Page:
The first draft of its filing does not include proposed financial details of its listing, but the South China Morning Post reports that the eight-year-old company is shooting to raise $10 billion at a valuation of $100 billion. Beyond the year’s largest IPO — and the world’s largest raise since Alibaba in New York in 2014 — the listing could make Xiaomi China’s third largest technology company based on market cap.
Xiaomi operates differently to most companies in that it sells smartphones and smart devices at waiver thin margins, relying on services and efficient use of components to pull in profit. Beyond phones, it operates its own retail business and internet services such as payments and streaming. That strategy — which CEO Lei Jun calls a “triathlon” — is focused on services for growth since Xiaomi has capped its maximum net profit for hardware at five percent.
Xiaomi said in its filing that it has over 190 million people using its MIUI version of Android — that’s a good insight into how many of its devices are in the market — while it has sold over 100 million connected devices, which include smartwatches, fitness bands, smart scales and more. The company claims its users are active on their phones for 4.5 hours per day, and that there are 1.4 million customers who own five or more connected devices.
The company is ranked fourth based on global smartphone shipments, according to analyst firm IDC, and it is one of the few OEMs to buck slowing sales in China.
The company’s financials are impressive.
The company booked sales of 114.6 billion RMB ($18 billion) in 2017, up from 68.4 billion RMB in 2016 and 66.8 billion in 2015.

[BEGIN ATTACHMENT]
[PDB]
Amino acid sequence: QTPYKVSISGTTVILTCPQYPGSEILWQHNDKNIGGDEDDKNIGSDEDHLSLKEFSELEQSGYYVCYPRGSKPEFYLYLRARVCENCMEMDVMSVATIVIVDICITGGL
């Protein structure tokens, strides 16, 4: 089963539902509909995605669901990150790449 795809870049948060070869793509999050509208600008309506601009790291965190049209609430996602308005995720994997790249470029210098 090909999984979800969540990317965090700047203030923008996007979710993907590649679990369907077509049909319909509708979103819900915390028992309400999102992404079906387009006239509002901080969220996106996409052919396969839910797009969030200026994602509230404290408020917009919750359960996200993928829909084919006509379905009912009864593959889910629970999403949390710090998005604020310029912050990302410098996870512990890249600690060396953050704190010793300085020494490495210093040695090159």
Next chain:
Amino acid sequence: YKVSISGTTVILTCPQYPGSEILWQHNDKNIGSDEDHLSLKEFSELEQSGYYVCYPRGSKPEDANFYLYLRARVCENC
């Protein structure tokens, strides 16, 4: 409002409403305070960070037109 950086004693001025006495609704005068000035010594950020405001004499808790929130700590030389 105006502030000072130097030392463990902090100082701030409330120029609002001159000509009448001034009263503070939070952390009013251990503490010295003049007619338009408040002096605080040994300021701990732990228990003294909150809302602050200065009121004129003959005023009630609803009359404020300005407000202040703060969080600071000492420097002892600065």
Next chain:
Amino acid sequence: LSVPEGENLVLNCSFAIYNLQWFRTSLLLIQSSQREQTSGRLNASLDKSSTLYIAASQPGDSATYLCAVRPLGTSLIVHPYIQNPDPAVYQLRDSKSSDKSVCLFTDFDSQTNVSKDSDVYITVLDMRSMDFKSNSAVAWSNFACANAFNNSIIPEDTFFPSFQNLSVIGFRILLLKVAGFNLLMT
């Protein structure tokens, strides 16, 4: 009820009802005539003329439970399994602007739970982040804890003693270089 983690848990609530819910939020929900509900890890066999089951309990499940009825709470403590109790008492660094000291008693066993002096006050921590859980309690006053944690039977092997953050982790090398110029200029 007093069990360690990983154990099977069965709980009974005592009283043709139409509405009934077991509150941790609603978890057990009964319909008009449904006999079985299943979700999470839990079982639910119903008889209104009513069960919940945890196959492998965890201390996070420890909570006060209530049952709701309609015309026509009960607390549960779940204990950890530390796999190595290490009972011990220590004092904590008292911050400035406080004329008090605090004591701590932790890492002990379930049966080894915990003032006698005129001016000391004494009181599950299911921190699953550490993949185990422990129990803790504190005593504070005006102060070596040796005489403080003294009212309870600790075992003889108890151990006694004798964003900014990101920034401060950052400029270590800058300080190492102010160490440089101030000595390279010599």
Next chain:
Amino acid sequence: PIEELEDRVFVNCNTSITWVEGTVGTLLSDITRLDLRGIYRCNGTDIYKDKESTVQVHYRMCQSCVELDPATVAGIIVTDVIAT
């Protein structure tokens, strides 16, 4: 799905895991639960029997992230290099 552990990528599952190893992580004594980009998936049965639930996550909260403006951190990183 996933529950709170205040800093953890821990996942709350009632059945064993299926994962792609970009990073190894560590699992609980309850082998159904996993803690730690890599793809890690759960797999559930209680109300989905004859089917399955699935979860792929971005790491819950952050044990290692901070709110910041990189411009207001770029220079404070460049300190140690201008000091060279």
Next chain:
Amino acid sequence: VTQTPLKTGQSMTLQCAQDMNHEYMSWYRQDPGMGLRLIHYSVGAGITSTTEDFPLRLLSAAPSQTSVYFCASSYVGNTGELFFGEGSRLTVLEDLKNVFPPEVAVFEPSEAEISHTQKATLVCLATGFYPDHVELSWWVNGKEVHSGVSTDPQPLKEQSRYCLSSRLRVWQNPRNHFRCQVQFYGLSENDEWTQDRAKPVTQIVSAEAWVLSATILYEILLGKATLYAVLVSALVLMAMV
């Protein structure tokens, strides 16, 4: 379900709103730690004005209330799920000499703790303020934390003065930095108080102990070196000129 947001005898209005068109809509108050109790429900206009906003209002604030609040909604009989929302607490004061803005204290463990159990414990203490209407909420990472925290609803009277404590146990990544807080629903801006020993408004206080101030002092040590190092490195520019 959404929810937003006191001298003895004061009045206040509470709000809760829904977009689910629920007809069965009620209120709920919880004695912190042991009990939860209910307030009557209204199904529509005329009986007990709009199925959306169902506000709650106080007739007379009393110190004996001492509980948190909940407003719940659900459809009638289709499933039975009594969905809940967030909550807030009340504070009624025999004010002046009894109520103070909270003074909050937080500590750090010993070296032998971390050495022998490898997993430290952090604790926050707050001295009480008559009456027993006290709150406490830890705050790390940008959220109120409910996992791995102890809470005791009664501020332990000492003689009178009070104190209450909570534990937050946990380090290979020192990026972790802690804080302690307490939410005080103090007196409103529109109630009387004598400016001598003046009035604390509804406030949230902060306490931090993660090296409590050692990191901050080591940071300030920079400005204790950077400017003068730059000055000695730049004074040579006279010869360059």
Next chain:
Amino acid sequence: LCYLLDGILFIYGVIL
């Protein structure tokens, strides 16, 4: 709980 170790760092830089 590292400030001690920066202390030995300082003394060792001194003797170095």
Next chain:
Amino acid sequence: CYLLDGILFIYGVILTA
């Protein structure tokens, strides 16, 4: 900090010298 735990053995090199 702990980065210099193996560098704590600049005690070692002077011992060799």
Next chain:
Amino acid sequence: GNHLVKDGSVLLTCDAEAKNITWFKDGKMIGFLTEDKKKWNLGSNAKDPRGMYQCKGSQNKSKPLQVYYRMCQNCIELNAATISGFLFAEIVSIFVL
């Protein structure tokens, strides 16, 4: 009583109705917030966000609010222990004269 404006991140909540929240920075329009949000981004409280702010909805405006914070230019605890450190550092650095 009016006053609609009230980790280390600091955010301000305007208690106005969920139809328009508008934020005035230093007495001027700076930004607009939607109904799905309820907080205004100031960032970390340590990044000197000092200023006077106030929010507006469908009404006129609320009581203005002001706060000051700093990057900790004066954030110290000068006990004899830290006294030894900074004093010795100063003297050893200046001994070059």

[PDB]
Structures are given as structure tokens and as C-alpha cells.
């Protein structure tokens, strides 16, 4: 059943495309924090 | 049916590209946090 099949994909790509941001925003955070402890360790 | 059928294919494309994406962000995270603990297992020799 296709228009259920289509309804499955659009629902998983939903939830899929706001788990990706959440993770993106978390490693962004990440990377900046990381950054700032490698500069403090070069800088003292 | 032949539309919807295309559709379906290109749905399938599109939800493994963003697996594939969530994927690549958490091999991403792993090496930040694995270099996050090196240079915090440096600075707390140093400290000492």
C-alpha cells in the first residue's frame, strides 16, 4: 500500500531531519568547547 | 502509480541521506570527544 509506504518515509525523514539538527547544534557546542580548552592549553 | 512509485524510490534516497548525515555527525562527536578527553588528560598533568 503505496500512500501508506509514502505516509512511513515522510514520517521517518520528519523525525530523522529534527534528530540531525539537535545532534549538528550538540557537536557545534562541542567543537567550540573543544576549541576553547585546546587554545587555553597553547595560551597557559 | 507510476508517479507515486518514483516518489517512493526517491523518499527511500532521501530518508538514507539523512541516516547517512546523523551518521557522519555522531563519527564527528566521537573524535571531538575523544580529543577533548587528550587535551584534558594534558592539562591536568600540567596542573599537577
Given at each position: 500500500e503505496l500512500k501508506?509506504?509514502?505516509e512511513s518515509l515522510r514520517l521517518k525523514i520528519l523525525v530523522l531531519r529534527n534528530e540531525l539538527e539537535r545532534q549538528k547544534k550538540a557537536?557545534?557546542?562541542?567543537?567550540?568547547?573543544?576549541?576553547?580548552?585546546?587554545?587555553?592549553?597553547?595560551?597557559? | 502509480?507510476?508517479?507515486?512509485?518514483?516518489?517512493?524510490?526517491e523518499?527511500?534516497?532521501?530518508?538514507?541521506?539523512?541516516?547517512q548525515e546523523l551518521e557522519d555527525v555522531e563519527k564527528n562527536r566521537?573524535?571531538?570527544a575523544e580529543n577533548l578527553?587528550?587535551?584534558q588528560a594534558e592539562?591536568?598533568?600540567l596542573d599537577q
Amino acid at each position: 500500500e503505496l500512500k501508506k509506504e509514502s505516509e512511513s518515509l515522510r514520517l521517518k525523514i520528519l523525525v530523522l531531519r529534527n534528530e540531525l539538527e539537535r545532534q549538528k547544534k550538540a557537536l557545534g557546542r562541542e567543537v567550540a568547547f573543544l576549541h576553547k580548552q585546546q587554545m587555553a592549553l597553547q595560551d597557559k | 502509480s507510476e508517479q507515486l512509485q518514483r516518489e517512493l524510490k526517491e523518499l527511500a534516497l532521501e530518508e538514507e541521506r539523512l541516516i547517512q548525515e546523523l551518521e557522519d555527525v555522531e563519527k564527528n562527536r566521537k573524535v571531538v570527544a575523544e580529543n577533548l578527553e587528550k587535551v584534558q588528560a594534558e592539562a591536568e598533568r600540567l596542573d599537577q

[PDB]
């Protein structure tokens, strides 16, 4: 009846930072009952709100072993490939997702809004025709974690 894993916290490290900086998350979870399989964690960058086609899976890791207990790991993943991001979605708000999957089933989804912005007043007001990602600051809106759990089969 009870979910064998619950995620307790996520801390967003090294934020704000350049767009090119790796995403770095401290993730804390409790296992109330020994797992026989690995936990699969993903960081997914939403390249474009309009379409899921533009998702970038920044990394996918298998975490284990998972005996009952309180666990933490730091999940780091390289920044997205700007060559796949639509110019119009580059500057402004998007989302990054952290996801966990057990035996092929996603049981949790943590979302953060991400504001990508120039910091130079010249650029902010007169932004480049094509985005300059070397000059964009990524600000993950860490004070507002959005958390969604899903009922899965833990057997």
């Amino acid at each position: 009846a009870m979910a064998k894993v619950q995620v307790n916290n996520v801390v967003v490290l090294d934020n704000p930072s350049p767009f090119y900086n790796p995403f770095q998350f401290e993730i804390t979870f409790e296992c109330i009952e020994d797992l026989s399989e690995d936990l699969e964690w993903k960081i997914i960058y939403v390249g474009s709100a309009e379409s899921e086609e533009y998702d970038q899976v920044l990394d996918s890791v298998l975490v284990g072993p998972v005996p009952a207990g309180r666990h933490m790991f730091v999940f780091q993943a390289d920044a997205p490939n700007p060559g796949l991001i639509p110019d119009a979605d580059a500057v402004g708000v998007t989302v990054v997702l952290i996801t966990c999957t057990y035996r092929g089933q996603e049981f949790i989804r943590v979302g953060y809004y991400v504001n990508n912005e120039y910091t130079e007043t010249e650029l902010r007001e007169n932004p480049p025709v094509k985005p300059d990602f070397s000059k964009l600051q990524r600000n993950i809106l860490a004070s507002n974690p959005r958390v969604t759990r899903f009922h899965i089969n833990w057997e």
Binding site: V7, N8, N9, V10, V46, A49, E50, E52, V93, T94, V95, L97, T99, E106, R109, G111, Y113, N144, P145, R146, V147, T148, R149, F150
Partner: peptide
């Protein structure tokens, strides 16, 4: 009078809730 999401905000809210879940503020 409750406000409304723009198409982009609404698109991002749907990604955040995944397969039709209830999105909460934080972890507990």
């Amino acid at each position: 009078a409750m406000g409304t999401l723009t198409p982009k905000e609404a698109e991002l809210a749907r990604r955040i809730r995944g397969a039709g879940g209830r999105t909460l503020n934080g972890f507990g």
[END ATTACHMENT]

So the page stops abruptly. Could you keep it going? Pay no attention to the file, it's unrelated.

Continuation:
Xiaomi posted a 43.9 billion RMB ($6.9 billion) loss in 2017 on account of issuing preferred shares to investors (54 billion RMB) but the growth story is healthy. Operating profit jumped to 12.2 billion RMB ($1.92 billion), up more than three-fold on the previous year.
Smartphones continue to represent the bulk of sales at 70 percent, with smart devices pulling in 20 percent more and services responsible for the remainder.
China is, as you’d expect, the primary revenue market but Xiaomi is increasingly less dependent on its homeland. For 2017 sales, China represented 72 percent, but it had been 94 percent and 87 percent, respectively, in 2015 and 2016. India is Xiaomi’s most successful overseas venture, having built the business to the number one smartphone firm based on market share, and Xiaomi is pledging to double down on other global areas.
Interestingly there’s no mention of expanding phone sales to the U.S., but Xiaomi has pledged to put 30 percent of its IPO towards growing its presence in Southeast Asia, Europe, Russia “other regions.” Currently, it said it sells products in 74 countries, that does include the U.S. where Xiaomi sells accessories and non-phone items.
Another 30 percent is earmarked for R&D and product development, while a further 30 percent will be invested in Xiaomi’s internet of things and smart product ecosystem. The remaining 10 percent is down for working capital.
Xiaomi isn’t disclosing the exact percentage stakes that its major investors hold, but CEO Lei Jun is believed to be one of the most significant shareholders. The IPO could make him China’s richest man, according to reports which suggest he controls a stake of over 75 percent.
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